The United States Congress appropriated funds to the US Geological Survey (USGS) to begin the National-Water Quality Assessment (NWQA) Program in 1991. As part of the NWQA Program the USGS works with other federal, state and local agencies to understand the spatial extent of water quality, how water quality changes with time and how human activities and natural factors affect water quality across the nation. The USGS published a report (USGS 1999) entitled, "The Quality of Our Nation's Waters" with specific reference to nutrients and pesticides. For the purposes of our report, we will only address nitrogen issues.
Some of the highest levels of nitrogen were reported to occur in streams and groundwater in agricultural areas. However, concentrations were found to vary considerably from season to season as well as among watersheds. A graphical plot of nitrogen inputs to agricultural land versus median nitrate concentrations in underlying shallow groundwater produced in a complete scatter of points (USGS 1999, p 47). The range of nitrate concentrations was the same for all levels of nitrogen input. Differences in natural features and land management practices make some areas more vulnerable to contamination than other areas. Recognition of differences in vulnerability to contamination can help target the appropriate level of protection and monitoring to major aquifers at greatest risk. The most extensive control strategies should be considered in the more vulnerable settings.
Nolan (2001) used multi variant logistic regression models based on more than 900 sampled wells to predict the probability of exceeding mg/L of nitrate in ground water in the United States. The model consisted of 6 variables: nitrogen fertilizer loading, percent crop land-pasture, natural log of population density, percent well-drained soils, depth to seasonally high water table, and presence or absence of a fracture zone within an aquifer. Although valuable at the large landscape scale, the results are not useful on a farm level scale where management decisions are made which could affect ground water degradation from nitrogen. Nevertheless, the concept of establishing vulnerability to groundwater contamination is valid and even more appropriate on a farm scale.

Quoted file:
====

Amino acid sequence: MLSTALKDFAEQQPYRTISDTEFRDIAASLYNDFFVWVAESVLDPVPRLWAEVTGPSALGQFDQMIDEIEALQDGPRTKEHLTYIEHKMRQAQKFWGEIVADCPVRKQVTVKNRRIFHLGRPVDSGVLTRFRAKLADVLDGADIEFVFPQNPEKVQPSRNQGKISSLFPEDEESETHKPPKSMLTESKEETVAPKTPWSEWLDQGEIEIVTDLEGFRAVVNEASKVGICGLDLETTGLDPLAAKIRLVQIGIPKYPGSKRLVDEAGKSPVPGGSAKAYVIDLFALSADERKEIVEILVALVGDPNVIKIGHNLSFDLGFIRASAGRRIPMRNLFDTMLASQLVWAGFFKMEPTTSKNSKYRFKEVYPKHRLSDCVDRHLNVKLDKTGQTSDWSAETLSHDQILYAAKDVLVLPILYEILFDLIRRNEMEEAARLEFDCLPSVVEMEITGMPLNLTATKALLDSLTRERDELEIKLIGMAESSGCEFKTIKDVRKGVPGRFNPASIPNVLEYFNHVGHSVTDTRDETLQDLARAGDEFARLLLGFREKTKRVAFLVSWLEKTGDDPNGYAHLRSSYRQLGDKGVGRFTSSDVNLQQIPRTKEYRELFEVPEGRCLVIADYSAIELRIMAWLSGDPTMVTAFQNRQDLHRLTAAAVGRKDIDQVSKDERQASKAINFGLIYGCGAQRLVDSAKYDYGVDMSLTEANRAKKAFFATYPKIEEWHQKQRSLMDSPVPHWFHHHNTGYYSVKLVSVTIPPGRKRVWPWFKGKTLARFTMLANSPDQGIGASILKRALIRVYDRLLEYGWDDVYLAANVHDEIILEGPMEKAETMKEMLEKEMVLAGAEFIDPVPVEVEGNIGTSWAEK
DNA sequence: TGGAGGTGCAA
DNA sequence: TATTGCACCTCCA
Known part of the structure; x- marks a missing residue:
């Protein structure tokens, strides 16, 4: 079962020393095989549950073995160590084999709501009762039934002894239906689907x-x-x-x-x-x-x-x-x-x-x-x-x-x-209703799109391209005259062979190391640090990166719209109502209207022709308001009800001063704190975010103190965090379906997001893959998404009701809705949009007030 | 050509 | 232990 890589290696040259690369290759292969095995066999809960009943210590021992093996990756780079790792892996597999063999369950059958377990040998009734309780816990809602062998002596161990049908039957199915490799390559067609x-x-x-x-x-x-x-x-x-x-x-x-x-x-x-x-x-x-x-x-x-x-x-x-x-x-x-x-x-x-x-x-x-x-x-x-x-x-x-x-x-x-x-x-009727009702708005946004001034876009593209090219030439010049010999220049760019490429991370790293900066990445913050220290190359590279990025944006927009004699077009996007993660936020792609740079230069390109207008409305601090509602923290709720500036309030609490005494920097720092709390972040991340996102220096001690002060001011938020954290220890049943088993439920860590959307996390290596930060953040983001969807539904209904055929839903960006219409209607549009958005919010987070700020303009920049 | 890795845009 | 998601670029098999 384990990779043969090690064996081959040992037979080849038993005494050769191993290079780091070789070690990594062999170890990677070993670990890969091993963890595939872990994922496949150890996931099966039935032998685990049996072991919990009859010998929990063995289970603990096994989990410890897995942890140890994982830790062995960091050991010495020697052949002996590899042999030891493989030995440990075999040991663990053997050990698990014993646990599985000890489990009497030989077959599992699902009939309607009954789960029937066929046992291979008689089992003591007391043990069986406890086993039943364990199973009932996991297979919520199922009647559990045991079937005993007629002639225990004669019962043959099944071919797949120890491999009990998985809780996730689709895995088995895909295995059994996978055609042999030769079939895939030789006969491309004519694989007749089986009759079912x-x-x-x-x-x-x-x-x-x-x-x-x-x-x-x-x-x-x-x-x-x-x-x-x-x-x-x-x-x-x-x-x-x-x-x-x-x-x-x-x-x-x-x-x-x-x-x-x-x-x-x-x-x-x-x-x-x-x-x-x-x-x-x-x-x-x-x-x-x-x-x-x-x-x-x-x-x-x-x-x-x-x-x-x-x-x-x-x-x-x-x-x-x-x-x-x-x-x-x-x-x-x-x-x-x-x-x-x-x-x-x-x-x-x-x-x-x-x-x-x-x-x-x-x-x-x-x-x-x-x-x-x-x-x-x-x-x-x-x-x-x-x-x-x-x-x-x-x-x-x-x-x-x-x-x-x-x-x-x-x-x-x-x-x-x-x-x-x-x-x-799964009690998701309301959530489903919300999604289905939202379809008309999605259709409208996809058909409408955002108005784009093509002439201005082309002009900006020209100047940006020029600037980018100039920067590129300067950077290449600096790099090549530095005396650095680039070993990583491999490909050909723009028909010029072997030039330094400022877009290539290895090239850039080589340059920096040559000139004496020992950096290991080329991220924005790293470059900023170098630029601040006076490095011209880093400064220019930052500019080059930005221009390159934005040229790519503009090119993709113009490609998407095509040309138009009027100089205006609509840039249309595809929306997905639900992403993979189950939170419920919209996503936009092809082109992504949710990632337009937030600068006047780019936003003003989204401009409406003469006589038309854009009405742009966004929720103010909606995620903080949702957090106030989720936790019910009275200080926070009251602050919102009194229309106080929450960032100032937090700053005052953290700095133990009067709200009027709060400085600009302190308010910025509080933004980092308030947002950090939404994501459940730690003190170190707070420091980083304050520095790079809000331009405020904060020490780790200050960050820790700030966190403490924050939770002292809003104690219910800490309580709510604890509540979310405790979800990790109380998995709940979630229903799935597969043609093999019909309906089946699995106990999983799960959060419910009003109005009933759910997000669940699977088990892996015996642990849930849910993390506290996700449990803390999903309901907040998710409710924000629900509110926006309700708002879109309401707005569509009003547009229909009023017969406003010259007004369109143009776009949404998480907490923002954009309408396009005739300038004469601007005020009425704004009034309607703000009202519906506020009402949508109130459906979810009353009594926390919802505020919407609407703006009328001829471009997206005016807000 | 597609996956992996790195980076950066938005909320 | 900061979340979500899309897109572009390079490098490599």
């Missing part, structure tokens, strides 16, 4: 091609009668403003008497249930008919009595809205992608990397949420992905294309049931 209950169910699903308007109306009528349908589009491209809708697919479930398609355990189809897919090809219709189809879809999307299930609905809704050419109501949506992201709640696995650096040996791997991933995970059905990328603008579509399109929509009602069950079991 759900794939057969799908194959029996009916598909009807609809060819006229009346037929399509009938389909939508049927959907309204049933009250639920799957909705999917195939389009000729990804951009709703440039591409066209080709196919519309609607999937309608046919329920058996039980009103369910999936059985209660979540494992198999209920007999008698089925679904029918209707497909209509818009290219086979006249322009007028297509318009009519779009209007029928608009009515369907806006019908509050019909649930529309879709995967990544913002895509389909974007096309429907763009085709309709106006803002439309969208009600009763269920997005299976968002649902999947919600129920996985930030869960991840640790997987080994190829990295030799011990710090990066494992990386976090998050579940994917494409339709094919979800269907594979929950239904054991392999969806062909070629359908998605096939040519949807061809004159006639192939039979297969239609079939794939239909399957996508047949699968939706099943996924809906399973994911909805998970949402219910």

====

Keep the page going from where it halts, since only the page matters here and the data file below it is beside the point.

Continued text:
Estimates of groundwater vulnerability can be separated into intrinsic vulnerability and specific vulnerability (Water Science and Technology Board 1993). Intrinsic vulnerability is related to factors of which the farmer has no control such as the hydrologic properties of the soil and hydrogeologic factors such as proximity of an aquifer to land surface, etc. Although the farmer can choose the crop to grow, the choice is usually made on economic factors. Once a crop is chosen, each crop has an intrinsic vulnerability for groundwater contamination from nitrates. Likewise, irrigation systems may be selected, but each irrigation system has an intrinsic vulnerability. Specific vulnerability is a function of management factors such as quantity, rate, timing, and methods of nitrogen and water application and other agricultural management practices. Therefore, the farmer has some level of control over the specific vulnerability with little or no control over the intrinsic vulnerability.
The National Academy of Science Water Science and Technology Board appointed a committee on Techniques for Assessing Groundwater Vulnerability. The committee defined groundwater vulnerability as: 'The tendency or likelihood for contaminants to reach a specified position in the groundwater system after introduction at some location above the uppermost aquifer.' They pointed out that this definition of groundwater vulnerability is flawed, as is any other, by a fundamental principle that they stated as the First Law of Groundwater Vulnerability: 'All groundwater is vulnerable.' They also proposed a Second Law of Groundwater Vulnerability: 'Uncertainty is inherent in all vulnerability assessments.'